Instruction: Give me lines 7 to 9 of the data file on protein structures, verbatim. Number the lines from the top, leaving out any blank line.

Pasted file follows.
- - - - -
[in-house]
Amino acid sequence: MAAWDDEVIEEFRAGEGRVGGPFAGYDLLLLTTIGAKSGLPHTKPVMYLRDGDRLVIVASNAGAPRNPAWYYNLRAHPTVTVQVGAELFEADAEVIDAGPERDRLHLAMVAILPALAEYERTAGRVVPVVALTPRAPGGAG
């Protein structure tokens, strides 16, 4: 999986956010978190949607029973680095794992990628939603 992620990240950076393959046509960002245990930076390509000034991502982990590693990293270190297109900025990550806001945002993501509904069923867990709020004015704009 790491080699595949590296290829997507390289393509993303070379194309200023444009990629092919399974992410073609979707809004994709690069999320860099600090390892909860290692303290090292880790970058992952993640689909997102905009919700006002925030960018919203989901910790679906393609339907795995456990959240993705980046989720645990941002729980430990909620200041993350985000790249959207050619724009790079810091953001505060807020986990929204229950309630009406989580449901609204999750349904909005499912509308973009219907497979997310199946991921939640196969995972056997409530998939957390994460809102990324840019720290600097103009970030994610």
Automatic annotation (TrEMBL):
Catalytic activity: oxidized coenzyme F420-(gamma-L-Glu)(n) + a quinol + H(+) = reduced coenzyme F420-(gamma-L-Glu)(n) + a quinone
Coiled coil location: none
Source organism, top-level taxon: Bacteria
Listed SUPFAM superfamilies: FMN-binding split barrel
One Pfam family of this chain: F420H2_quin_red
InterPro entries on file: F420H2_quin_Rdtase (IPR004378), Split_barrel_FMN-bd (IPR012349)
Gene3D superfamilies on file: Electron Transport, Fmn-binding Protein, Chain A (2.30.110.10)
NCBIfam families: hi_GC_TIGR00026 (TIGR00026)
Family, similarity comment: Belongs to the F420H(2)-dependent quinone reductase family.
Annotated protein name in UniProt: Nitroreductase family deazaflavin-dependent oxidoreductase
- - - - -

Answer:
Source organism, top-level taxon: Bacteria
Listed SUPFAM superfamilies: FMN-binding split barrel
One Pfam family of this chain: F420H2_quin_red